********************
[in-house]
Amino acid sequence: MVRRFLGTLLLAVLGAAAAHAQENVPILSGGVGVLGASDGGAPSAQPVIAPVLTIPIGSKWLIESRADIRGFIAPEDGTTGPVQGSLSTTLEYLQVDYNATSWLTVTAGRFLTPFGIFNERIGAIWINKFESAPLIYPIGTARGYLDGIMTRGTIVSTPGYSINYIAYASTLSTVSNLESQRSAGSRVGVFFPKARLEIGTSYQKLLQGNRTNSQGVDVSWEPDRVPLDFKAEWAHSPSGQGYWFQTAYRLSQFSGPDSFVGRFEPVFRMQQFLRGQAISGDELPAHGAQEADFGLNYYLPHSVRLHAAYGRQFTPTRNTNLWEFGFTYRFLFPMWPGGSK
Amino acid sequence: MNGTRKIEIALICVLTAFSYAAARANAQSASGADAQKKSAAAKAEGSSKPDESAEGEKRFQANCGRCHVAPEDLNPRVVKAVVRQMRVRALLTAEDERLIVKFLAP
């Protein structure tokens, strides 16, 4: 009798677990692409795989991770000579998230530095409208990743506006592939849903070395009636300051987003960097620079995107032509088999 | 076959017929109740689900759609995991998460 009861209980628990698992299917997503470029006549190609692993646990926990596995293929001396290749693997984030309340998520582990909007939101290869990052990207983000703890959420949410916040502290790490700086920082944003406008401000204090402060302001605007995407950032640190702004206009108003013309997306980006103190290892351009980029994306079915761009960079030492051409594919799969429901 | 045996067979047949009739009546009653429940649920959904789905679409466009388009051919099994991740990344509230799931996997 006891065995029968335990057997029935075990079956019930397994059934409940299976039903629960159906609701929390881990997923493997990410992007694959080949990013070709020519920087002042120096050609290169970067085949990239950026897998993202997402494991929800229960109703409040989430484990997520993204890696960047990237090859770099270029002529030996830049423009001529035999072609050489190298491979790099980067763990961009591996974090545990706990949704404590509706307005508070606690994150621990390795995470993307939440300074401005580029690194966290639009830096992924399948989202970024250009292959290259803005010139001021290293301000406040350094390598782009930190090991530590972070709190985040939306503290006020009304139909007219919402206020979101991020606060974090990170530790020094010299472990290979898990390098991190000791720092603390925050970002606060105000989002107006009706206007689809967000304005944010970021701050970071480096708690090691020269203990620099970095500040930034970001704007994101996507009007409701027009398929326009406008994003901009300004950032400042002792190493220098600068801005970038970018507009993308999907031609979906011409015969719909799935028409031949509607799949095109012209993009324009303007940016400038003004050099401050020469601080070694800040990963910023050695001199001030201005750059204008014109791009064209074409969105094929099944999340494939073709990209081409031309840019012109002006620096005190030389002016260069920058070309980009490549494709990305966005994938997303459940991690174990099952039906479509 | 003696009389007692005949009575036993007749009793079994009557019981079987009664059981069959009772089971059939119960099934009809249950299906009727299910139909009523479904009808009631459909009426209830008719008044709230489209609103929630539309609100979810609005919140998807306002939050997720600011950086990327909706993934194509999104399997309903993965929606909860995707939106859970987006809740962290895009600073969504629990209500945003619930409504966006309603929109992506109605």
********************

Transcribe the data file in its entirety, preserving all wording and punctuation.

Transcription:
[in-house]
Amino acid sequence: MVRRFLGTLLLAVLGAAAAHAQENVPILSGGVGVLGASDGGAPSAQPVIAPVLTIPIGSKWLIESRADIRGFIAPEDGTTGPVQGSLSTTLEYLQVDYNATSWLTVTAGRFLTPFGIFNERIGAIWINKFESAPLIYPIGTARGYLDGIMTRGTIVSTPGYSINYIAYASTLSTVSNLESQRSAGSRVGVFFPKARLEIGTSYQKLLQGNRTNSQGVDVSWEPDRVPLDFKAEWAHSPSGQGYWFQTAYRLSQFSGPDSFVGRFEPVFRMQQFLRGQAISGDELPAHGAQEADFGLNYYLPHSVRLHAAYGRQFTPTRNTNLWEFGFTYRFLFPMWPGGSK
Amino acid sequence: MNGTRKIEIALICVLTAFSYAAARANAQSASGADAQKKSAAAKAEGSSKPDESAEGEKRFQANCGRCHVAPEDLNPRVVKAVVRQMRVRALLTAEDERLIVKFLAP
């Protein structure tokens, strides 16, 4: 009798677990692409795989991770000579998230530095409208990743506006592939849903070395009636300051987003960097620079995107032509088999 | 076959017929109740689900759609995991998460 009861209980628990698992299917997503470029006549190609692993646990926990596995293929001396290749693997984030309340998520582990909007939101290869990052990207983000703890959420949410916040502290790490700086920082944003406008401000204090402060302001605007995407950032640190702004206009108003013309997306980006103190290892351009980029994306079915761009960079030492051409594919799969429901 | 045996067979047949009739009546009653429940649920959904789905679409466009388009051919099994991740990344509230799931996997 006891065995029968335990057997029935075990079956019930397994059934409940299976039903629960159906609701929390881990997923493997990410992007694959080949990013070709020519920087002042120096050609290169970067085949990239950026897998993202997402494991929800229960109703409040989430484990997520993204890696960047990237090859770099270029002529030996830049423009001529035999072609050489190298491979790099980067763990961009591996974090545990706990949704404590509706307005508070606690994150621990390795995470993307939440300074401005580029690194966290639009830096992924399948989202970024250009292959290259803005010139001021290293301000406040350094390598782009930190090991530590972070709190985040939306503290006020009304139909007219919402206020979101991020606060974090990170530790020094010299472990290979898990390098991190000791720092603390925050970002606060105000989002107006009706206007689809967000304005944010970021701050970071480096708690090691020269203990620099970095500040930034970001704007994101996507009007409701027009398929326009406008994003901009300004950032400042002792190493220098600068801005970038970018507009993308999907031609979906011409015969719909799935028409031949509607799949095109012209993009324009303007940016400038003004050099401050020469601080070694800040990963910023050695001199001030201005750059204008014109791009064209074409969105094929099944999340494939073709990209081409031309840019012109002006620096005190030389002016260069920058070309980009490549494709990305966005994938997303459940991690174990099952039906479509 | 003696009389007692005949009575036993007749009793079994009557019981079987009664059981069959009772089971059939119960099934009809249950299906009727299910139909009523479904009808009631459909009426209830008719008044709230489209609103929630539309609100979810609005919140998807306002939050997720600011950086990327909706993934194509999104399997309903993965929606909860995707939106859970987006809740962290895009600073969504629990209500945003619930409504966006309603929109992506109605």